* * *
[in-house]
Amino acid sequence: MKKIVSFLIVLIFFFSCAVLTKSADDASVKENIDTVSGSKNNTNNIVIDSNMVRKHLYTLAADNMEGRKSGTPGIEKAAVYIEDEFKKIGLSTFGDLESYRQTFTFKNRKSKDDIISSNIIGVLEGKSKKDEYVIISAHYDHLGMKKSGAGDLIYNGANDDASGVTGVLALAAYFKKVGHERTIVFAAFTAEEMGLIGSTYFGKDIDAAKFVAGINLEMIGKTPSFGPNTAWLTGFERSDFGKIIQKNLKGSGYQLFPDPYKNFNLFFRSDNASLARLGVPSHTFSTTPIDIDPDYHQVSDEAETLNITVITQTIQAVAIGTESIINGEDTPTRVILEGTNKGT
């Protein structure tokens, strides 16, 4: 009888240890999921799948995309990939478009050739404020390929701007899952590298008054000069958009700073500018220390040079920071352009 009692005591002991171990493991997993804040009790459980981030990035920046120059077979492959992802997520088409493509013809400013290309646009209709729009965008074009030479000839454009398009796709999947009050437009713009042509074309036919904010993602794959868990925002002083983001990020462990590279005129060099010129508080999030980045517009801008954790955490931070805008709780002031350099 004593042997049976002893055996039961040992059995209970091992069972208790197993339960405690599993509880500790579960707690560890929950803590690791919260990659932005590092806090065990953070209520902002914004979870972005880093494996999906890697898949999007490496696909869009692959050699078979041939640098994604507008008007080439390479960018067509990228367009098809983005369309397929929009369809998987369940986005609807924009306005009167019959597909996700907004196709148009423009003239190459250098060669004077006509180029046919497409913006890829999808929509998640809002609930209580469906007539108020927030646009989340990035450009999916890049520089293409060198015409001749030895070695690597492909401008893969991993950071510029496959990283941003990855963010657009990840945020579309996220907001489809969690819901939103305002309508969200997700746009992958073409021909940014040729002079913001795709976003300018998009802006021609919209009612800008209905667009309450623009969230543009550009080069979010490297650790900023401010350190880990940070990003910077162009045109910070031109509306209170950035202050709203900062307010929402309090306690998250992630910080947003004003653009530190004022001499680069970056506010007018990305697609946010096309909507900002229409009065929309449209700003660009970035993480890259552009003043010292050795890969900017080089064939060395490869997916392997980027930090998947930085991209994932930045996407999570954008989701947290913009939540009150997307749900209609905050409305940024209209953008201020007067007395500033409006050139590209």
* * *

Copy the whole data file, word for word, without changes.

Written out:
[in-house]
Amino acid sequence: MKKIVSFLIVLIFFFSCAVLTKSADDASVKENIDTVSGSKNNTNNIVIDSNMVRKHLYTLAADNMEGRKSGTPGIEKAAVYIEDEFKKIGLSTFGDLESYRQTFTFKNRKSKDDIISSNIIGVLEGKSKKDEYVIISAHYDHLGMKKSGAGDLIYNGANDDASGVTGVLALAAYFKKVGHERTIVFAAFTAEEMGLIGSTYFGKDIDAAKFVAGINLEMIGKTPSFGPNTAWLTGFERSDFGKIIQKNLKGSGYQLFPDPYKNFNLFFRSDNASLARLGVPSHTFSTTPIDIDPDYHQVSDEAETLNITVITQTIQAVAIGTESIINGEDTPTRVILEGTNKGT
């Protein structure tokens, strides 16, 4: 009888240890999921799948995309990939478009050739404020390929701007899952590298008054000069958009700073500018220390040079920071352009 009692005591002991171990493991997993804040009790459980981030990035920046120059077979492959992802997520088409493509013809400013290309646009209709729009965008074009030479000839454009398009796709999947009050437009713009042509074309036919904010993602794959868990925002002083983001990020462990590279005129060099010129508080999030980045517009801008954790955490931070805008709780002031350099 004593042997049976002893055996039961040992059995209970091992069972208790197993339960405690599993509880500790579960707690560890929950803590690791919260990659932005590092806090065990953070209520902002914004979870972005880093494996999906890697898949999007490496696909869009692959050699078979041939640098994604507008008007080439390479960018067509990228367009098809983005369309397929929009369809998987369940986005609807924009306005009167019959597909996700907004196709148009423009003239190459250098060669004077006509180029046919497409913006890829999808929509998640809002609930209580469906007539108020927030646009989340990035450009999916890049520089293409060198015409001749030895070695690597492909401008893969991993950071510029496959990283941003990855963010657009990840945020579309996220907001489809969690819901939103305002309508969200997700746009992958073409021909940014040729002079913001795709976003300018998009802006021609919209009612800008209905667009309450623009969230543009550009080069979010490297650790900023401010350190880990940070990003910077162009045109910070031109509306209170950035202050709203900062307010929402309090306690998250992630910080947003004003653009530190004022001499680069970056506010007018990305697609946010096309909507900002229409009065929309449209700003660009970035993480890259552009003043010292050795890969900017080089064939060395490869997916392997980027930090998947930085991209994932930045996407999570954008989701947290913009939540009150997307749900209609905050409305940024209209953008201020007067007395500033409006050139590209």